An Extension of the RTA Personal Injury Scheme
The Government is of the view that the scheme has continuing support from both claimant and defendant representative groups, who maintain a collaborative approach to making it work. The RTA Personal Injury Process is more detailed than any Pre-Action Protocol and the proposals are to extend the financial limit of £10,000 to (i) £25,000 or (ii) £50,000 or (iii) some other figure.
If this occurs, representations are sought on whether the fixed costs regime shall remain the same if the limits are raised. It is important to note that such extension would not require primary legislation and could be introduced by extending the existing protocols or introducing new ones.
EL and PL Claims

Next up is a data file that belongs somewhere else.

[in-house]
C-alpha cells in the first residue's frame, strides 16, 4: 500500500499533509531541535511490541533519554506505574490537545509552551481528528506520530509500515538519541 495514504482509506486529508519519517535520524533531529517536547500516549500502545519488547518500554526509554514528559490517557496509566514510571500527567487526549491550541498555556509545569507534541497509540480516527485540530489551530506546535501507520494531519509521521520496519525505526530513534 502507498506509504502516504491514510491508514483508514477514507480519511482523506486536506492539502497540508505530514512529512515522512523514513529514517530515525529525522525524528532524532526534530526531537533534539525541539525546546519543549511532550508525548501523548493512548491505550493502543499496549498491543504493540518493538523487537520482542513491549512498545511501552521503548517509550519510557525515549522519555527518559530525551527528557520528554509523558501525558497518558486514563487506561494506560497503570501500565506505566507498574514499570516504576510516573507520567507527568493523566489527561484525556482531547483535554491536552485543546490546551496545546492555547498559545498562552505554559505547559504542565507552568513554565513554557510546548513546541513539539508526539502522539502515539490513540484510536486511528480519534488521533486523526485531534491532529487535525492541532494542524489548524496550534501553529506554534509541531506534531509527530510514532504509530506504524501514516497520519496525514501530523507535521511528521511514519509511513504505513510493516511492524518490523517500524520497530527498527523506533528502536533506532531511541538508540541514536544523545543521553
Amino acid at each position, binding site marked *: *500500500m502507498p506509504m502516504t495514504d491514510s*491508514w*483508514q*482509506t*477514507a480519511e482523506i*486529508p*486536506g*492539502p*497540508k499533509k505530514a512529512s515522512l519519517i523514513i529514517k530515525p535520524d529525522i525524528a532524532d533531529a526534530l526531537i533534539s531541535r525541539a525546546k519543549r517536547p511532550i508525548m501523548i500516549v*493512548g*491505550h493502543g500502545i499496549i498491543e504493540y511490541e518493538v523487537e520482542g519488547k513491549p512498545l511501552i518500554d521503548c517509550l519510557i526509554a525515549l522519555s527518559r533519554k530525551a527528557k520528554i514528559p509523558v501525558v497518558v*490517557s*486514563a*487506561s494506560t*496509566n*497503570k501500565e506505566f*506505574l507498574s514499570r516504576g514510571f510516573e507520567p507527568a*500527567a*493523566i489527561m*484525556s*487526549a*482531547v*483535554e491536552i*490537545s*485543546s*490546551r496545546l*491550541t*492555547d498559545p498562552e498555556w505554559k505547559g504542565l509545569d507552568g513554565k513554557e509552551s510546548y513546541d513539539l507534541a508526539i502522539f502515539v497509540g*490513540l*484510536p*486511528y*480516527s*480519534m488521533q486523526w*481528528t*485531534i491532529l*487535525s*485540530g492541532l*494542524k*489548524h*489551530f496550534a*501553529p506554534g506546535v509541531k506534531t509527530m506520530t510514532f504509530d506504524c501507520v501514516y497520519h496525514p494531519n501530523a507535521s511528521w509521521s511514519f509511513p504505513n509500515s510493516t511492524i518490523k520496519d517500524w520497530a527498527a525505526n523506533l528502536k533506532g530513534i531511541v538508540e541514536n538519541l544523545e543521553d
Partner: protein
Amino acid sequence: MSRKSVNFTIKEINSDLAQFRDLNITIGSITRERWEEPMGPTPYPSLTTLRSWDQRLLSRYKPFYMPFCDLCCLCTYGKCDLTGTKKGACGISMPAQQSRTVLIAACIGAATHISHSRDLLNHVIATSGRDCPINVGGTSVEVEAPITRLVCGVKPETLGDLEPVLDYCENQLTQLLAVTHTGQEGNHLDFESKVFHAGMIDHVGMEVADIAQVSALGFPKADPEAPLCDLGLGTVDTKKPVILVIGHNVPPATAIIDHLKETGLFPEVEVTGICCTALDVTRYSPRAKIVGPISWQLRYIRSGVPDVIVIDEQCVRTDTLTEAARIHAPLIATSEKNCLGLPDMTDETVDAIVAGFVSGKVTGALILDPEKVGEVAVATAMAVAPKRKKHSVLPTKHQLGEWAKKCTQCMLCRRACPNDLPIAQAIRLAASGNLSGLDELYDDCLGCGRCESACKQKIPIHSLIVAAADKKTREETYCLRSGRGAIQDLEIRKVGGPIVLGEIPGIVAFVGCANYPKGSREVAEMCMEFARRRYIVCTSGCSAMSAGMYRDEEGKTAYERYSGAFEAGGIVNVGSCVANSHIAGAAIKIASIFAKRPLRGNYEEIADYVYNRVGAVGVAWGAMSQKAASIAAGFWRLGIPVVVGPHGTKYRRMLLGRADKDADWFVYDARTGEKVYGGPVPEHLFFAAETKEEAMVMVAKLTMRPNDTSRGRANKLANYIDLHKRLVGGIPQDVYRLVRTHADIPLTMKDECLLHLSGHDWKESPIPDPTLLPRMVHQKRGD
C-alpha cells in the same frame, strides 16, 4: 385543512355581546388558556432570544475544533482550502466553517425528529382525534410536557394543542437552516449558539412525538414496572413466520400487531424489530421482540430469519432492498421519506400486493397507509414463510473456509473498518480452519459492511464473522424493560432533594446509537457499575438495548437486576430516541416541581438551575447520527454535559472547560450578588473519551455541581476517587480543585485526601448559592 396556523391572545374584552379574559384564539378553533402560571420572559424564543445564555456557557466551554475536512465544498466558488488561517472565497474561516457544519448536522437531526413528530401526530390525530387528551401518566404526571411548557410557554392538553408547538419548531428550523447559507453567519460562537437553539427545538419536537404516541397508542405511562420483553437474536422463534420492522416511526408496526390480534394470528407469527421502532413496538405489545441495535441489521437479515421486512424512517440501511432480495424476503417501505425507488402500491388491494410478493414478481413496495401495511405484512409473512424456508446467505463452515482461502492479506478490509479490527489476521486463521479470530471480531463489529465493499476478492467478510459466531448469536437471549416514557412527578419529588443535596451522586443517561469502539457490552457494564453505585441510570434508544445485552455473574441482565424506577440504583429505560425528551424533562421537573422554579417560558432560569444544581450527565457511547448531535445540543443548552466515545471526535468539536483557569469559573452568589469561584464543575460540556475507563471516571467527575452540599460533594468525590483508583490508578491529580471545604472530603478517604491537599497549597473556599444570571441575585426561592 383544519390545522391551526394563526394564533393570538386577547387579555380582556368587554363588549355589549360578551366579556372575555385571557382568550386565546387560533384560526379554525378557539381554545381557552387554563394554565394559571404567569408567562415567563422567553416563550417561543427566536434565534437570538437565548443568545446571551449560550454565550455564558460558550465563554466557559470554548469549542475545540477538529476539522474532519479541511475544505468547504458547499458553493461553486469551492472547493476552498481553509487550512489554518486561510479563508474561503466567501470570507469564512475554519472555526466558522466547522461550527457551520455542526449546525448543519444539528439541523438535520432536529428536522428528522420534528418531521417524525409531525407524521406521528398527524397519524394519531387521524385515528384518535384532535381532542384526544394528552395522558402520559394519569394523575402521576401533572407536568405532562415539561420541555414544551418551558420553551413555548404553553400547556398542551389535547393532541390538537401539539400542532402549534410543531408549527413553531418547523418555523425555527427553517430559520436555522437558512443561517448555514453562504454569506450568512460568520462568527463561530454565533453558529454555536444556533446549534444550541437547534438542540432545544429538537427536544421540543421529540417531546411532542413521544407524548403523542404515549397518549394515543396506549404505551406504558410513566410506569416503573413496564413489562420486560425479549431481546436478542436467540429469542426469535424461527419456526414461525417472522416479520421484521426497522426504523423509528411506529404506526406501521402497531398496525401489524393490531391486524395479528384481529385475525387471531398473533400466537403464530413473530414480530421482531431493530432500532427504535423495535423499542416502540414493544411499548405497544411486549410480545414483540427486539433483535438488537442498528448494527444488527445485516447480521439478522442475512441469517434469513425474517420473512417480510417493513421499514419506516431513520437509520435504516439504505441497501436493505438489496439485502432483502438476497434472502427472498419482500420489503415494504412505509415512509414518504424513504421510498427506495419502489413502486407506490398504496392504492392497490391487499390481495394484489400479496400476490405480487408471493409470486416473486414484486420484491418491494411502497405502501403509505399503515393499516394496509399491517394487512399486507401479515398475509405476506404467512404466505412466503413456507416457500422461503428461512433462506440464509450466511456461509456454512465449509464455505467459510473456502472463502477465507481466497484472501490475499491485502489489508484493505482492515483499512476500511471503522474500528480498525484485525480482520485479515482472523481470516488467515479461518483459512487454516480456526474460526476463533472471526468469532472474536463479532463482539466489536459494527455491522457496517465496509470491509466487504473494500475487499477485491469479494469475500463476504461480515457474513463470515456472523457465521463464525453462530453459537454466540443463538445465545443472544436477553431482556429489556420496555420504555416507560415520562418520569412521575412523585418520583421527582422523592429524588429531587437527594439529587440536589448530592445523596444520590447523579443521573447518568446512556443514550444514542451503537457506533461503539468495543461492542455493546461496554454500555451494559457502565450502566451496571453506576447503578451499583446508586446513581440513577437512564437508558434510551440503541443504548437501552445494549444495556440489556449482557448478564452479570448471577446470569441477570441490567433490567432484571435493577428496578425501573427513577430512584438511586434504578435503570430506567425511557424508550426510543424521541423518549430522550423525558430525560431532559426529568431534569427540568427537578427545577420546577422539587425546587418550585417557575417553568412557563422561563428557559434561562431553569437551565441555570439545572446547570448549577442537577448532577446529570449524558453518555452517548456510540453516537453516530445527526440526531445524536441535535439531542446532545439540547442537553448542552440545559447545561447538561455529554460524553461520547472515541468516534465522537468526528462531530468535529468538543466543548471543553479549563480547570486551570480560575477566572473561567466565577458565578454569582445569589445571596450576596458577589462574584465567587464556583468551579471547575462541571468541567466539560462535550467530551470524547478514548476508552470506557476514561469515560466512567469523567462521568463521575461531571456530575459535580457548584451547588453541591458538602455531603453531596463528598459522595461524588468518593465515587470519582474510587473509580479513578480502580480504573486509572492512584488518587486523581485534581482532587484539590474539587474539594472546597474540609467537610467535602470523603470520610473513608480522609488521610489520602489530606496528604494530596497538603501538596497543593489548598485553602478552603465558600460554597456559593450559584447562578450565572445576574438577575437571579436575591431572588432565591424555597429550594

The consultation paper recognises that EL/PL claims can be more complex than RTA claims. However, the Government “now believes the time is right to expand a similar system to the RTA Personal Injury Scheme to EL/PL claims”.
The papers seek responses on the following pertinent questions:
- Question 6 – Do you agree that a variation of the RTA Personal Injury Scheme should be introduced for employers and public liability personal injury claims? If not, please explain why.
- Question 7 – If your answer to question 6 is yes, should the limit for that scheme be set at (i) £10,000 (ii) £25,000 (iii) £50,000 or (iv) some other figure (please state with reasons)?
- Question 8 – What modifications, if any, do you consider would be necessary for the process to accommodate employers and public liability claims?